Monday, June 24, 2013

The Original Understanding of When Jesus Came to Earth [Part One]

I was aware of course that Christians took an interest in the figure of 6000 AM (anno mundi = 'year of the world') however I was not aware that so many believed that it already took place.  I cited the Marcionite belief from De Recta in Deum Fide in a previous post.  It also worth noting that Ephrem - the most important opponent of Marcionitism in the East - shared the very same understanding.  Aphraates holds a compatible belief and the great chronographer John Malalas (Greek: Ἰωάννης Μαλάλας c. 491 – 578) tells us that this was also the original belief of Clement of Alexandria, Theophilus of Antioch and virtually all the early Fathers.  Here are Malalas's own words:

(227) In the 42nd year and the fourth month of the reign of Augustus our Lord God Jesus Christ was born, eight days before the Kalends of January, on 25th December, at the seventh hour of the day, in a city of Judaea named Bethlehem, which is near Jerusalem, in the year 42 according to the calendar of Antioch the Great, while Quirinius the ex-consul was governor of Syria, Octavian and Silvanus were consuls, and emperor Herod was toparch, or emperor, of Judaea. Thus from Adam to Phalek, the son of Heber, the total is 2533 years, and from Phalek until the 42nd year of the reign of Augustus Caesar (228) 2967 years, so that the total from Adam the first-created until the incarnation of our Lord Jesus Christ and the 42nd year of the reign of Augustus Caesar is 5500 years. Then our Lord God passed 33 years on earth among men, as is recorded in the scriptures, so that from Adam until the incarnation of our Lord Jesus Christ and his crucifixion there were 5533 years. For Phalek, according to the prophetic words is said to be at the mid-point in time before the future coming of Christ. For just as he created man on the sixth day, as Moses stated, he recorded this too in his writings, "One day for the Lord is as a thousand years." It was on the sixth day, as scripture said, that God created man and man fell into sin, so it is plain that it was on the sixth millennium day that our Lord Jesus Christ appeared on earth, and saved man through the Cross and resurrection. This has been written by Clement, Theophilos and Timotheos, the learned chroniclers, who agree among themselves. The chronicler Eusebios Pamphilou, most dear to God, who became bishop of Caesarea in Palestine, also says that the Lord Jesus Christ, the saviour of all, appeared in the sixth millennium, corresponding to the number of the six days of Adam's creation. But he said that it was before the completion of the year 6000 that our Lord God Jesus Christ appeared on earth to redeem the human race. He was born and made man, he said, in the year 5500. Our Lord Jesus Christ suffered and rose again and ascended into heaven in the year 5533. All agree that the Lord appeared in the year 6000. So, in spite of variations up and down, they said that he appeared in the sixth year, in accordance with the words of prophecy; and even if those who have made statements about the number of years do not agree, he appeared at the end of time, as the sacred scripture shows.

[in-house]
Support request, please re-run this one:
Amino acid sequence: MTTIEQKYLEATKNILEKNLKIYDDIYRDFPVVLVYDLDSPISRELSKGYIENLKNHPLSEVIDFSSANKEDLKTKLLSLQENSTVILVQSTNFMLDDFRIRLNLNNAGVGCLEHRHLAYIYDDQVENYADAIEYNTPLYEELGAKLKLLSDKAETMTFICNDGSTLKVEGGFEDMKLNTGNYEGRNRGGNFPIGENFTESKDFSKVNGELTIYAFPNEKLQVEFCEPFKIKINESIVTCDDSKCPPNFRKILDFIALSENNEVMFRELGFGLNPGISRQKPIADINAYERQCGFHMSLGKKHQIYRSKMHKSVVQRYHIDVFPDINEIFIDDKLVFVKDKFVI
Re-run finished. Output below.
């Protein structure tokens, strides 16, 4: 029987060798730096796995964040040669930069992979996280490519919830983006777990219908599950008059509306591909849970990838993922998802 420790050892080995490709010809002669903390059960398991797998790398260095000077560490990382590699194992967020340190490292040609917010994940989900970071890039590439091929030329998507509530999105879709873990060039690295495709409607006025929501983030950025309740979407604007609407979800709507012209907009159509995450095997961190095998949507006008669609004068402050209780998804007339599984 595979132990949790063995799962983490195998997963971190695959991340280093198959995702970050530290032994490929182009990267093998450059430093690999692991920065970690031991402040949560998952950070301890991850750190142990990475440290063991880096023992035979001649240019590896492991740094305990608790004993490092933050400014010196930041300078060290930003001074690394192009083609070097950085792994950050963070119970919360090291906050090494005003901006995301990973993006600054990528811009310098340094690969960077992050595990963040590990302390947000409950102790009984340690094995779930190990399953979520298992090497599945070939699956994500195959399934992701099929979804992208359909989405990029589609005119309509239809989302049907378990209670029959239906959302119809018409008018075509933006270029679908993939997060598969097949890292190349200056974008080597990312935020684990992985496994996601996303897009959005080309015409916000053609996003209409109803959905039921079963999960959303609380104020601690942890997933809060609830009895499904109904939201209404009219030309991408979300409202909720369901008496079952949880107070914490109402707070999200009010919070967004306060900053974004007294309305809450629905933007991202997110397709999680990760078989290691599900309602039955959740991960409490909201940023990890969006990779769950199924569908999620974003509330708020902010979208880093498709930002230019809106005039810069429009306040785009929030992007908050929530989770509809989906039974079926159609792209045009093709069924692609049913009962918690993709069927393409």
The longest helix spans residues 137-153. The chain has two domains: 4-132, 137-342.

Of course we no longer have the historical references for any of these early authors which John Malalas had access to in Antioch.  Nevertheless it should be obvious that even if they survived up to a certain point in history they would have been destroyed or altered.

The belief that the world would be destroyed at 6000 AM was very widespread in antiquity.  We have a number of Church Fathers from the late third century and beyond worry about the impending date. Lactantius, the tutor of the son of Constantine, writing in 320 CE makes reference to the contemporary belief that the world only had two centuries left before it 'transformed.'  At least part of this understanding was owing to the efforts of Julius Africanus who set the year 5500 as the birth of Christ - "From Adam to the death of Phalek 3000 years, and to the presence (parousian) of the Lord and the Resurrection 5531 years." These words come from the later Greek chronographer citing Africanus's Chronographae.  Syncellus' earlier citation (18.8) from Africanus about the year 5500: "Hebrew tradition counted 5500 years to the appearance (èpipháneian) of the Saving Word" sound a little less unusual - 'parousia' is usually a term reserved for the Second Coming.

Nevertheless it is equally clear from the reports about Marcionites and from the writings of Ephrem the Syrian that the original understanding was quite different.  6000 AM was the date of the 'appearance' of Jesus at the beginning of the heretical gospel when he floated down from heaven to this world.  Ephrem merely identifies Jesus's crucifixion as happening 'after' the year 6000 AM.  Yet the implication is now clear - Jesus was understood by the Marcionites to have come as a divine messenger for the transformation of the world, for the arrival of the 'kingdom of God.'  It may be argued that Julius Africanus was part of an effort to 'correct' a belief that had been disproved by history.  The world did not 'end' or 'change' with the 'appearance' of Jesus.  Of course, the critical view is quite different.  Maybe Julius Africanus, the friend of the Emperor Septimius Severus was part of a third century effort to make sure that it never succeeded at its original goal ...

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